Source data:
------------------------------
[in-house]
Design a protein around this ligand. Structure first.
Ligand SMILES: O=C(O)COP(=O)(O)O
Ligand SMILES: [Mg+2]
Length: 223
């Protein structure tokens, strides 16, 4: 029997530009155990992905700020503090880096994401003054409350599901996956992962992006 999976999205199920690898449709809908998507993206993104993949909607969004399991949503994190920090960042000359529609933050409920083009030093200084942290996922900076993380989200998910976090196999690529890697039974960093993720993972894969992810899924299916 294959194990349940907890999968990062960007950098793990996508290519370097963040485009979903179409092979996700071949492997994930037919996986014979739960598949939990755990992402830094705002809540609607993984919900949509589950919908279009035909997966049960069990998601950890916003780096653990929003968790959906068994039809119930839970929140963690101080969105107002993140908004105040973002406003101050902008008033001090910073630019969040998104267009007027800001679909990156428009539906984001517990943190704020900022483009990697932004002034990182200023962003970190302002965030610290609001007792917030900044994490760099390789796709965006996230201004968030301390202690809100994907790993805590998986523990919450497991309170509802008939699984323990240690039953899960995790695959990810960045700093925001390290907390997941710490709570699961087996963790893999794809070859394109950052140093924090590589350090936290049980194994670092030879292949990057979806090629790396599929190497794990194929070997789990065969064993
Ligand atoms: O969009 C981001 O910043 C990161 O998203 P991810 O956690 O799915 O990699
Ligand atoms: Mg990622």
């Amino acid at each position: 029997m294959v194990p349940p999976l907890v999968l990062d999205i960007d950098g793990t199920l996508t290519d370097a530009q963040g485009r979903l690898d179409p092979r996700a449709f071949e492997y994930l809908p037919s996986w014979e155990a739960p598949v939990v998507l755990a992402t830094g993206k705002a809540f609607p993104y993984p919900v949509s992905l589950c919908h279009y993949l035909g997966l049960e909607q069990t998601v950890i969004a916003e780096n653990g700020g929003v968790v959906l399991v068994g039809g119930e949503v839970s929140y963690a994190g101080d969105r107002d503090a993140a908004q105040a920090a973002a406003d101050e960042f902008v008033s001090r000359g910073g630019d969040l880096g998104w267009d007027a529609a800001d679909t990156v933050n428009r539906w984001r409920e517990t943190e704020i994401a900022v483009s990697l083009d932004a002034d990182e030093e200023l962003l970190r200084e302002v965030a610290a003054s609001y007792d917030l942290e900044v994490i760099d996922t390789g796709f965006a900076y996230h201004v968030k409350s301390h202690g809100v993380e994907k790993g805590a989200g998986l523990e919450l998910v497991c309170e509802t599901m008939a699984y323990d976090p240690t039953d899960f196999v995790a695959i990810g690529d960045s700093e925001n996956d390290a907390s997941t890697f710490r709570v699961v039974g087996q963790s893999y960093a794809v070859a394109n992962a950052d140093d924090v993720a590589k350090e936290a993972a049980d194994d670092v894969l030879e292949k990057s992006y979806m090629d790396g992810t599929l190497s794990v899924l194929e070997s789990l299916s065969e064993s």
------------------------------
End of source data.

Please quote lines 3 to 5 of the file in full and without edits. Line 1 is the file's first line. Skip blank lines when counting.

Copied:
Ligand SMILES: O=C(O)COP(=O)(O)O
Ligand SMILES: [Mg+2]
Length: 223